A one-size-fits-all approach to cybersecurity for healthcare is never going to get your most at-risk employees where they need to be to effectively protect themselves and your business. That’s where Elevate comes in with solutions that are designed to continuously monitor the behavior of your employees and give you the controls to mitigate unique insider threats in real-time:
Elevate Engage: Identify Human Risk & Drive Measurable Behavior Change
Elevate Engage ingests and analyzes information collected across your enterprises to provide you with visibility into the security habits of each of your employees. When you actually know which of your employees are falling for things like phishing scams, you can provide them with feedback and advanced protection.
Elevate Identity: Strengthen Access to Critical Resources
Using individual risk profiles of each of your employees, Elevate Identity allows you to approve, deny or set conditional access to sensitive information based on actual behavioral data. This includes setting risk thresholds based on activities like phishing clicks or malware downloads.
Elevate Control: Triage, Prioritize, and Respond Faster to Risky Users
Elevate Control augments this heightened visibility and individualized access control with the ability to automatically apply stricter email, web and endpoint controls, allowing you to respond to active threats in near real-time. .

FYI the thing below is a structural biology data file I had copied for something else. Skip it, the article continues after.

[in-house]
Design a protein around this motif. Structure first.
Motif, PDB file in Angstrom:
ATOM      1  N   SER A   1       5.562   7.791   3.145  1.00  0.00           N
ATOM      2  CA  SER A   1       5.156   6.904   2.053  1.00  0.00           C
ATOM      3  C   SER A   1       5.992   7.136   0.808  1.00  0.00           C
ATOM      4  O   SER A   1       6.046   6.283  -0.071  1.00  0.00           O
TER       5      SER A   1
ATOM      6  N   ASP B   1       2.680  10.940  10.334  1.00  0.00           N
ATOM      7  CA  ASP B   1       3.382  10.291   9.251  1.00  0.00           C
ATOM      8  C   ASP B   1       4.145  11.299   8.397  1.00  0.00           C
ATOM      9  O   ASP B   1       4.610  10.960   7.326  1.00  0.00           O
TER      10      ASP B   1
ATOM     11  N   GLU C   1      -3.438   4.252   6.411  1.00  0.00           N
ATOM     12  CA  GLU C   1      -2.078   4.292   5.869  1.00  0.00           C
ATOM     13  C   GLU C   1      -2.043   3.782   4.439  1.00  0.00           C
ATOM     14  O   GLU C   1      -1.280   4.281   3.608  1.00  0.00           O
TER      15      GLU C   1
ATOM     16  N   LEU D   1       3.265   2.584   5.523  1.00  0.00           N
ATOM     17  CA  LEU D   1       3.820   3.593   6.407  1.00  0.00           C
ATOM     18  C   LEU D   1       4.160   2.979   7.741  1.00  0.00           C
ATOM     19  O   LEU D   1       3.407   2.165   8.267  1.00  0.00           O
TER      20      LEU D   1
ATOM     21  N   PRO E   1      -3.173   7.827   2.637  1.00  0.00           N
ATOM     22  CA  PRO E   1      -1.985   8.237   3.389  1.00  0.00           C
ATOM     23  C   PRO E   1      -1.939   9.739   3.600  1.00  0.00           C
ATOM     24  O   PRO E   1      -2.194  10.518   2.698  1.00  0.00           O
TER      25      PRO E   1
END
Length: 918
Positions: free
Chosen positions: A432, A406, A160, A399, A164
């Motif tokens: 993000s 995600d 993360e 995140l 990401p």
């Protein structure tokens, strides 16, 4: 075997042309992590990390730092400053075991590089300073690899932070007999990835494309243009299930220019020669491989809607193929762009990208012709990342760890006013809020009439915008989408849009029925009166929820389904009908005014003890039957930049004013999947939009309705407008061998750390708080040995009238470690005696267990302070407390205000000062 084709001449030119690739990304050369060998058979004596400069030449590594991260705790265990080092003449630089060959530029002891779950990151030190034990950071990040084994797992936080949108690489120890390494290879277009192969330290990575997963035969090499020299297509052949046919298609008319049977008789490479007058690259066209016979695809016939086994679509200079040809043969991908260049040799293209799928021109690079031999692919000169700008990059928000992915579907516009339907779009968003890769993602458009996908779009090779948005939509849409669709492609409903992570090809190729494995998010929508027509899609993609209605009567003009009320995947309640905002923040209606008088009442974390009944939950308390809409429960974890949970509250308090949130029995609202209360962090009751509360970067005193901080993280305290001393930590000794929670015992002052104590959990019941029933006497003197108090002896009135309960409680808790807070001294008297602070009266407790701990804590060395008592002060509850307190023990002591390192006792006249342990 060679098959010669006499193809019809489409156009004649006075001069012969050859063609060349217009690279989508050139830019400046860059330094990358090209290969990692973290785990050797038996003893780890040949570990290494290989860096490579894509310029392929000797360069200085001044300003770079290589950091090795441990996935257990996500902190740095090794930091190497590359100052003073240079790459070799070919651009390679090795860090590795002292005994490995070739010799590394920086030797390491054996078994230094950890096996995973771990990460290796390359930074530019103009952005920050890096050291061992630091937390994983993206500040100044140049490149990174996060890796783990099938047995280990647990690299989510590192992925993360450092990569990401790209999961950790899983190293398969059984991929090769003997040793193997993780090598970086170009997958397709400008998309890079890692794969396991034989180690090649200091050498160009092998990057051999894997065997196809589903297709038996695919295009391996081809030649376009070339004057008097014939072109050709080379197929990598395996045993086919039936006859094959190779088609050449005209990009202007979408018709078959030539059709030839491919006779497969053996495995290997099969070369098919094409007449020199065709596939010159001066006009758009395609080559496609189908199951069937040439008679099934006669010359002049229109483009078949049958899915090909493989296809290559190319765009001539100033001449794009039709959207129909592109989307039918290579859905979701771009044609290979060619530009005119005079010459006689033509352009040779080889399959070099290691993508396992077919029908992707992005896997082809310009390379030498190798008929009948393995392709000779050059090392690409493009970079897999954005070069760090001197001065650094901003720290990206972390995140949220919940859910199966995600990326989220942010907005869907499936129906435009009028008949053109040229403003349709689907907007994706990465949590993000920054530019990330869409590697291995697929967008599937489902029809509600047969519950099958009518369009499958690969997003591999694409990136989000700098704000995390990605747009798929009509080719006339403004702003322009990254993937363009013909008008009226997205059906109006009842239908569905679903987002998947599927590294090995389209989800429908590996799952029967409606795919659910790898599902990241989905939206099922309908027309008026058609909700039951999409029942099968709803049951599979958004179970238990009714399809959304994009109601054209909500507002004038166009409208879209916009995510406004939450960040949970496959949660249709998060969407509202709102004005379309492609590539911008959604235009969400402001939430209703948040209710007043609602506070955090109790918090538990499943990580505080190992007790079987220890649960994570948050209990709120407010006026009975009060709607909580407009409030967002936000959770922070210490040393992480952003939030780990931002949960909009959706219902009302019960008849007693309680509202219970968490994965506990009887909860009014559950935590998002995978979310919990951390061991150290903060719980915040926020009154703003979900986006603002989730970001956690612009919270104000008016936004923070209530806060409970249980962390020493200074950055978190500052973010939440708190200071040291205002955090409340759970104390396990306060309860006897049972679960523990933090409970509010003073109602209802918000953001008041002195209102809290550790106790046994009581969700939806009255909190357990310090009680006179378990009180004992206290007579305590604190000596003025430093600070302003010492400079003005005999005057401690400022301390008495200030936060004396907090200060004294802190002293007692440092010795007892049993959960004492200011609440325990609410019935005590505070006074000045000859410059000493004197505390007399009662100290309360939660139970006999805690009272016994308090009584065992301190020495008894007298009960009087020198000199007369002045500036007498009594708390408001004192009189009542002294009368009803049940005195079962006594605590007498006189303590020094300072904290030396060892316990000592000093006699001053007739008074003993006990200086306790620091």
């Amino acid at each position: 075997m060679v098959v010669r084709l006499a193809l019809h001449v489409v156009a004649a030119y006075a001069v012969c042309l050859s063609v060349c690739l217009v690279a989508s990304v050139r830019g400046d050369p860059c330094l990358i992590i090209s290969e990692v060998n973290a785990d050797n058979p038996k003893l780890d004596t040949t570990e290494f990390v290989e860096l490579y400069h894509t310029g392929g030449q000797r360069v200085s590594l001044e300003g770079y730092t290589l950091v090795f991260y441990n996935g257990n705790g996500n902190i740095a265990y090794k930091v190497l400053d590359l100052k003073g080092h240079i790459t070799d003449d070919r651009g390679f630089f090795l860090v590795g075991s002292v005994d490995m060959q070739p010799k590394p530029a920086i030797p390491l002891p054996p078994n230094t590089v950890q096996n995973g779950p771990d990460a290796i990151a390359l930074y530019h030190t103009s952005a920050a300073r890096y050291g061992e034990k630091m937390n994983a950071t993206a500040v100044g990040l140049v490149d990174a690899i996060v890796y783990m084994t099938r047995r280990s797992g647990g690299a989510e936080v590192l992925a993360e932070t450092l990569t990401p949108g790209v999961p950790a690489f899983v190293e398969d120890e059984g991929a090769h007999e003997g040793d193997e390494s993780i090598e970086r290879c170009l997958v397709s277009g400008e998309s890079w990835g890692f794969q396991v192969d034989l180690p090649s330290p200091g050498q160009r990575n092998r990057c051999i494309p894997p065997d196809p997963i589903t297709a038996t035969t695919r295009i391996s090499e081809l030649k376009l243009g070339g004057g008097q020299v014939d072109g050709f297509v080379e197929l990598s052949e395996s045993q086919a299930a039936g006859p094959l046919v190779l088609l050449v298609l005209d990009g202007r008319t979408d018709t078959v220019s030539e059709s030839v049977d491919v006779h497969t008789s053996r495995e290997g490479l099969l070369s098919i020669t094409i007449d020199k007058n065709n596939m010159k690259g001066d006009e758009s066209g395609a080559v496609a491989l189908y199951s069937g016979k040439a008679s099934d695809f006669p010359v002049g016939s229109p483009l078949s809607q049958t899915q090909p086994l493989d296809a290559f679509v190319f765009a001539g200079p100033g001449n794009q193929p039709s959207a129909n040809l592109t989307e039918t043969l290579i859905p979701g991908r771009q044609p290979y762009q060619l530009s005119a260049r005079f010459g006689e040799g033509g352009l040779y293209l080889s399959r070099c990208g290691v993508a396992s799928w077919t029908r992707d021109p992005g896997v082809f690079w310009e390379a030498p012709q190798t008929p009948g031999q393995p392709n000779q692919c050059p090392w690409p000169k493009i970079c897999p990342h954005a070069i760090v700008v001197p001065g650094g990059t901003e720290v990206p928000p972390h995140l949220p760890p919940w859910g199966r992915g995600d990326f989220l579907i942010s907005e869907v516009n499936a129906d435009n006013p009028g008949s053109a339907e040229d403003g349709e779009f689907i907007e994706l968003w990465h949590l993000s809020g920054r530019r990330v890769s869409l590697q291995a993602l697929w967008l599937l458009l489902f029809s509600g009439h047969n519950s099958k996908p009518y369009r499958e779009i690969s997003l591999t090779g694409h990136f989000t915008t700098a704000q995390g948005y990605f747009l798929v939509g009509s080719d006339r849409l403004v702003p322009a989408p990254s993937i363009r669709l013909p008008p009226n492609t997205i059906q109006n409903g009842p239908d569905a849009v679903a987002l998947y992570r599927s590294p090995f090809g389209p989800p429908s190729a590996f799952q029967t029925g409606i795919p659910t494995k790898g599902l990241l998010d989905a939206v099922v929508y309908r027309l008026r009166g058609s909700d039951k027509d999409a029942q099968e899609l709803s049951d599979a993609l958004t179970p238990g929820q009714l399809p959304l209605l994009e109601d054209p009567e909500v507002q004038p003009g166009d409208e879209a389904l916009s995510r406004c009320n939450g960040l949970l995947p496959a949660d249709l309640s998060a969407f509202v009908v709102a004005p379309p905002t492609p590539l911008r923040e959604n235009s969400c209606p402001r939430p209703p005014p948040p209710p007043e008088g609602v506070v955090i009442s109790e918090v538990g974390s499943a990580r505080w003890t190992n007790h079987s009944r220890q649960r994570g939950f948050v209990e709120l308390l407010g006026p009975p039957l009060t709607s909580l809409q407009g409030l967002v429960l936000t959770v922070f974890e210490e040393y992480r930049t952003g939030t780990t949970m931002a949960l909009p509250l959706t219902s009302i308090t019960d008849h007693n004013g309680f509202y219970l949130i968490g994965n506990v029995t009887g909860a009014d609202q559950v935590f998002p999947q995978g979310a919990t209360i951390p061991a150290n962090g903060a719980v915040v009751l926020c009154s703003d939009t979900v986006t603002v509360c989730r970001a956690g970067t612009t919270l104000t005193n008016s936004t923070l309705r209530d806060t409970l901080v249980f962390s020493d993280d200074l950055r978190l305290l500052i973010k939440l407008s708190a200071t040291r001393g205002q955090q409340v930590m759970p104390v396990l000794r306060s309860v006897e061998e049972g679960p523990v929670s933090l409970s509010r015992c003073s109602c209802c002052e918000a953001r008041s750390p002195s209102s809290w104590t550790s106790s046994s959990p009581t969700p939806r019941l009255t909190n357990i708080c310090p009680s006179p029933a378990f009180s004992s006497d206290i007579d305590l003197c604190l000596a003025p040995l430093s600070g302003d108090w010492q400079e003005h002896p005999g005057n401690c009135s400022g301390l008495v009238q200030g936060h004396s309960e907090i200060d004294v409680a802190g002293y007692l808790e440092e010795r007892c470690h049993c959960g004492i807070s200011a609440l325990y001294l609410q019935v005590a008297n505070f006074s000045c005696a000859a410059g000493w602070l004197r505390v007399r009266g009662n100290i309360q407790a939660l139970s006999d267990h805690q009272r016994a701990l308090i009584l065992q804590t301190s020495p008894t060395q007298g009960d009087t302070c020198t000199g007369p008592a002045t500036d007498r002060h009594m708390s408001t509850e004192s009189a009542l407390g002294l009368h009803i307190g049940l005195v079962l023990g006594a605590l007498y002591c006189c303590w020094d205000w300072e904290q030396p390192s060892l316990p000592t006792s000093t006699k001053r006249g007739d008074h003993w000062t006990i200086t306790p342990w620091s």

The Benefits of a Personalized Approach to Cybersecurity for Healthcare
Our approach to mitigating insider threats doesn’t just work in theory—real healthcare organizations have benefited from it. A global healthcare firm we worked with experienced the following results:
- 24x increase in phishing email identification
- 2x increase in phishing reporting
- 30% decrease in malware events
The patient data you protect is too valuable to let slip into the wrong hands. When your employees are the primary attack vector for relentless hacking groups, individualized attention is necessary.
With the help of Elevate Security, you can gain deeper visibility into the habits of each of your employees and deploy right-touch responses in real-time and at scale. Stick it to the hackers with a more healthy security culture. Get in touch today.